EU Britains leaving like it or lump it thats what we are doing.

Much has been said about the UK leaving the EU once we had the referendum and before we had it. In the run up to the referendum the remain side had Project Fear that told lie after lie about what would happen to the UK if we voted to come out of the EU. Its worth reminding people what Project Fear said

David Cameron: “The job you do, the home you live in are at risk. The shock to our economy after leaving Europe would tip the country into recession.”

George Osborne: “A vote to leave would tip our economy into year-long recession with at least 500,000 UK jobs lost”

Treasury: “UK economy would fall into recession”, predicted 2016 Q3 growth between -0.1% and -1%

IMF: “Brexit would trigger recession”, predicted -0.3% GDP for Q3

Bank of England: Mark Carney said “It would be likely to have a negative impact in the short term… I certainly think that would increase the risk of recession.”

OECD: Short term impact of -1.25% GDP

Lets look at what has happened to the lies of Project Fear.

First DAVID CAMERON AND GEORGE OSBORNE

In a joint opinion piece for the Telegraph before the Brexit vote, the pair predicted an economic calamity if Britain opted to leave the EU. Mr Cameron warned Brexit would “put a bomb” under the UK economy, whilst Mr Osborne claimed leaving Brussels would cost each family £4,300 a year.

CLAIM: “Economic uncertainty means businesses would reduce investment and cut jobs in the short term, which would mean households spending less too. A vote to Leave is a vote for recession. Do we really want that DIY recession?”

REALITY: As previously noted the UK will not enter recession — classified as two quarters of negative growth — this year. The IMF has predicted that the UK economy will continue to grow next year too, by around 1.1 per cent. Consumer spending soared in July, up 1.6 per cent on the year before. Consumer confidence also rose in August, according to a survey by GfK.

Next THE TREASURY

In a now infamous report, which was heavily influenced by fanatical Remainer George Osborne, mandarins at the Treasury predicted economic meltdown within hours of a Brexit vote. In the end the document, published in May, backfired spectacularly and only served to seriously dent public confidence in the impartiality of the civil service.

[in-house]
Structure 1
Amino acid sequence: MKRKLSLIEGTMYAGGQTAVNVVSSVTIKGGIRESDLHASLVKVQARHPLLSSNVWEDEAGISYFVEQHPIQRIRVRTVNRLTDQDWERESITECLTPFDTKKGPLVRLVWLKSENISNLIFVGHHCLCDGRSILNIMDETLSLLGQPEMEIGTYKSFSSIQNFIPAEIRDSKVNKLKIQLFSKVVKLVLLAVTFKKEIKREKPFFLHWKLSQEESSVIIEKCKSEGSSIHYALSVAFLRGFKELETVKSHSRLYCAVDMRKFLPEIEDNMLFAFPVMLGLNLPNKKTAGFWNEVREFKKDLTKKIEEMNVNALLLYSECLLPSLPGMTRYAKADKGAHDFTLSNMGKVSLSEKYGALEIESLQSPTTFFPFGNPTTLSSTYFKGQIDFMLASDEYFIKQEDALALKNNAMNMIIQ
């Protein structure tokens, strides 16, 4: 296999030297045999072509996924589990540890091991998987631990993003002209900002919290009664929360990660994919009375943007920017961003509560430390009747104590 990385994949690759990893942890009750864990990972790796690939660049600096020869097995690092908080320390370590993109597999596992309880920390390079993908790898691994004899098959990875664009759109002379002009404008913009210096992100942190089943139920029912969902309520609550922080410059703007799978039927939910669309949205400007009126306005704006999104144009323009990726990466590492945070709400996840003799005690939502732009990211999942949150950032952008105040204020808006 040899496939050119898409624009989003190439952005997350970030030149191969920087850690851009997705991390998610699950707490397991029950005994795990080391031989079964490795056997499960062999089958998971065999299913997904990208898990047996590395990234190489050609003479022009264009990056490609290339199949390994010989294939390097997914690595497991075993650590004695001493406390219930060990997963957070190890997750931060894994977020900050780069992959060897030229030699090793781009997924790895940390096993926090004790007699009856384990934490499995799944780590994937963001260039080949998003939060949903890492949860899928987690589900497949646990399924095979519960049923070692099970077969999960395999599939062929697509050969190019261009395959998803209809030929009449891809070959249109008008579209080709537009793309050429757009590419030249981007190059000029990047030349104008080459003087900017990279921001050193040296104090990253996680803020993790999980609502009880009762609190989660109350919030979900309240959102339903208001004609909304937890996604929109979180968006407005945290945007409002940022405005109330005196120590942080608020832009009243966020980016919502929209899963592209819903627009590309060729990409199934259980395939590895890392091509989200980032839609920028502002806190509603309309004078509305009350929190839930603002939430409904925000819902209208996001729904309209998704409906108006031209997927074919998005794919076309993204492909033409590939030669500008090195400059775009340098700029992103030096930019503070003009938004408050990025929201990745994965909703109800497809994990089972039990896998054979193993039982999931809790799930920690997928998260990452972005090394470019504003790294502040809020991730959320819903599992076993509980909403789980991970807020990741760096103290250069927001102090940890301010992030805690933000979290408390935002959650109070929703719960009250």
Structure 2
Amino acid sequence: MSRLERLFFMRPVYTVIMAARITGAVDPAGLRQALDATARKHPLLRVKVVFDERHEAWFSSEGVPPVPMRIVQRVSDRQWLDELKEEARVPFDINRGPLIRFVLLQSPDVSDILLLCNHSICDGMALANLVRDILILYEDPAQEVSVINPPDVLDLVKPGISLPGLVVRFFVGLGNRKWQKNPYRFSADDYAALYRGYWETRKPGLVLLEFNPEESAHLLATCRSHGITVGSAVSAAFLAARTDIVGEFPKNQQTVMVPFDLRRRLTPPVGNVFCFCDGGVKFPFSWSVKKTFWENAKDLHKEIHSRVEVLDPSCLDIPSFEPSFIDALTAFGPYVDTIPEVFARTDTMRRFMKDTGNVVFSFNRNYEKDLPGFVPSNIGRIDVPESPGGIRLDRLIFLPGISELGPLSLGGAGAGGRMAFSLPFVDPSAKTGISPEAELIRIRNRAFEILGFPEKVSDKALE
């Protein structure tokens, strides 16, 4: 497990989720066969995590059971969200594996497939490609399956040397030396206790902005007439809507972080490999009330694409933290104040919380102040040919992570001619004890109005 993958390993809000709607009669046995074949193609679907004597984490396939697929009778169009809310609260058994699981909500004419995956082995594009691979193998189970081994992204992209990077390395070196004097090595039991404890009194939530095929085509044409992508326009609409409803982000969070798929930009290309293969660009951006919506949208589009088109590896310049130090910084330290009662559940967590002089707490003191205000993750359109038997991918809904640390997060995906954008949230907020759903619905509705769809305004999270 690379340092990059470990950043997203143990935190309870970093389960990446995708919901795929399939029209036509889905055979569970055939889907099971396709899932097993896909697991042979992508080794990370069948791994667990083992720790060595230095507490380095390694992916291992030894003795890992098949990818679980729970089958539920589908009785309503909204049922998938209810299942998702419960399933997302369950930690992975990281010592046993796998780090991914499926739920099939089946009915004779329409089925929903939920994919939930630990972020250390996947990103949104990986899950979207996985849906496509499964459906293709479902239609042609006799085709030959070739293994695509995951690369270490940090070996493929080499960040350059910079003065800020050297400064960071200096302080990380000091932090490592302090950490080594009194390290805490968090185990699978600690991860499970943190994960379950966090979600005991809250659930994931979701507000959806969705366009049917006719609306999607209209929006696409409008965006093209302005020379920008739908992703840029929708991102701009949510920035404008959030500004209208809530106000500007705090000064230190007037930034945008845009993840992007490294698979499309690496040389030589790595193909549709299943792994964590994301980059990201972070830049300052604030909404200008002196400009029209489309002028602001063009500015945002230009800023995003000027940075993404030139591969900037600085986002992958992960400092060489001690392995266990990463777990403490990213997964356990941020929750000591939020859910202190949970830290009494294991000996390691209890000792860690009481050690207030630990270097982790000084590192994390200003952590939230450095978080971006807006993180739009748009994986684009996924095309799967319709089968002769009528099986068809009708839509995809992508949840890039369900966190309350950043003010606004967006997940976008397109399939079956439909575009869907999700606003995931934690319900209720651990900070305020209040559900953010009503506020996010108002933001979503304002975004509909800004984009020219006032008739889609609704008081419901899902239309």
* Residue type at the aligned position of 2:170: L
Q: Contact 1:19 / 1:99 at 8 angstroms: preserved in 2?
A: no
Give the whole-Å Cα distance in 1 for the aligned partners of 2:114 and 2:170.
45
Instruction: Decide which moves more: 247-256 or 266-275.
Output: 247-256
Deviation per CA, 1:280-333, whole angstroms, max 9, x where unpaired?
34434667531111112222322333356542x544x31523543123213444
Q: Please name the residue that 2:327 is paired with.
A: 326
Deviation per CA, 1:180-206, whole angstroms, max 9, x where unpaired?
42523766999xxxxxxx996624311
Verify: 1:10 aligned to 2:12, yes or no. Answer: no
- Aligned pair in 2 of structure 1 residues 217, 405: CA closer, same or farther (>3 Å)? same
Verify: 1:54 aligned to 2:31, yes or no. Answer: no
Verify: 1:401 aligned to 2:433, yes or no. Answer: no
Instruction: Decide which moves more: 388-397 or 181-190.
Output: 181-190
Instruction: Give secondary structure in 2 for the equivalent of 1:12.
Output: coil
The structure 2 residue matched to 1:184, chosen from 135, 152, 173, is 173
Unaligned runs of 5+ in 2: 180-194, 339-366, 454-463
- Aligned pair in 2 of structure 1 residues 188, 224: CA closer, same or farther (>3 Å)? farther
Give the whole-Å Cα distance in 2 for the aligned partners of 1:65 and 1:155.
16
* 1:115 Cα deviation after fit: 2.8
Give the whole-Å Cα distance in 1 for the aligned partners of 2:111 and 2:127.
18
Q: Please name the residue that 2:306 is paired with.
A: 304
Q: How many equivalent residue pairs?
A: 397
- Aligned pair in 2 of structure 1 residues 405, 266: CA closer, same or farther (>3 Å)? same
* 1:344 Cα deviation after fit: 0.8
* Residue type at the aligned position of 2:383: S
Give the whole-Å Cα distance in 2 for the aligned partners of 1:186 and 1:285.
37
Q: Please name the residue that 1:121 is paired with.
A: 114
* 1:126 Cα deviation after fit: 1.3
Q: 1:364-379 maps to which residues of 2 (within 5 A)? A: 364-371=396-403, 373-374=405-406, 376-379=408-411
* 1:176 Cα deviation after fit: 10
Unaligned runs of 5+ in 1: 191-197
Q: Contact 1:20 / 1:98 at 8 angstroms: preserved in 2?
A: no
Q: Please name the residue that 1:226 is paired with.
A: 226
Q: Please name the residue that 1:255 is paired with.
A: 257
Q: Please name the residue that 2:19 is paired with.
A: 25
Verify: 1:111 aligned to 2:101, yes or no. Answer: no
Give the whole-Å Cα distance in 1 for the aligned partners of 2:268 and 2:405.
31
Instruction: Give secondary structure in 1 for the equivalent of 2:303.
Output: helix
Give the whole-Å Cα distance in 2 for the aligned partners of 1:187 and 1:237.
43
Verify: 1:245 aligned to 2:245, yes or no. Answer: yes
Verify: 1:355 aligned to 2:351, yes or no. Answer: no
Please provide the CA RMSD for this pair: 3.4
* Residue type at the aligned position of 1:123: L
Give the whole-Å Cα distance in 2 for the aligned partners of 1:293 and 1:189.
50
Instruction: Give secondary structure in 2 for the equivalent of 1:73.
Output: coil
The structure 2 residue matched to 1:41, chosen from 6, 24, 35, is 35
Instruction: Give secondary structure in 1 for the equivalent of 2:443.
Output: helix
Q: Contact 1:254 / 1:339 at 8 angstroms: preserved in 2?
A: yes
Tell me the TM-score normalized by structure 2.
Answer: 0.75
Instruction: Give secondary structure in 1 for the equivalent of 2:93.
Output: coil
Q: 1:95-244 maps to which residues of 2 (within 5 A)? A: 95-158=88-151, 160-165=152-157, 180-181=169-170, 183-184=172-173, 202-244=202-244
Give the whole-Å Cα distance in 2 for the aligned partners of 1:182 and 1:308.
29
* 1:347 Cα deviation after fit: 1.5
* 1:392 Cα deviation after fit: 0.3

CLAIM: “A vote to leave would represent an immediate and profound shock to our economy. That shock would push our economy into a recession and lead to an increase in unemployment of around 500,000, GDP would be 3.6% smaller, average real wages would be lower, inflation higher, sterling weaker, house prices would be hit and public borrowing would rise compared with a vote to remain.”

The Treasury predicted that GDP would contract by between -0.1 per cent and minus one per cent in quarter three in the event of a Brexit vote.

REALITY: The economy actually grew by 0.5 per cent in quarter three, according to the Office for National Statistics (ONS). Almost all leading economists, including the International Monetary Fund (IMF), say the UK will comfortably avoid recession this year and is likely to be the fastest growing G7 nation.

From June to August an extra 106,000 people were added to the work force, according to the ONS. Inflation rose by just one per cent in September, with the rise being put down to rising fuel bills. Sterling has indeed tumbled — by nearly 18 per cent against the dollar since the Brexit vote. The housing market has, however, defied predictions with demand for homes at the same level as before the referendum.

Next comes the IMF

The International Monetary Fund controversially waded into the Brexit debate when its leader, Christine Lagarde, warned in May that the implications of Brexit would range from “pretty bad to very, very bad.” Before the referendum it predicted that GDP could fall by -0.1 per cent to -0.3 per cent from quarter three of this year in the event of a Brexit vote, rising to -5.6 per cent by 2019.

CLAIM: “The likelihood is therefore that output and employment would be lower should the UK leave the EU than should it remain. In the short run, the uncertainty generated by navigating a complicated and untested exit process could be damaging for investment, consumption, and employment; the exchange rate could act as a buffer, but not by enough to offset the negative effects on demand and output.”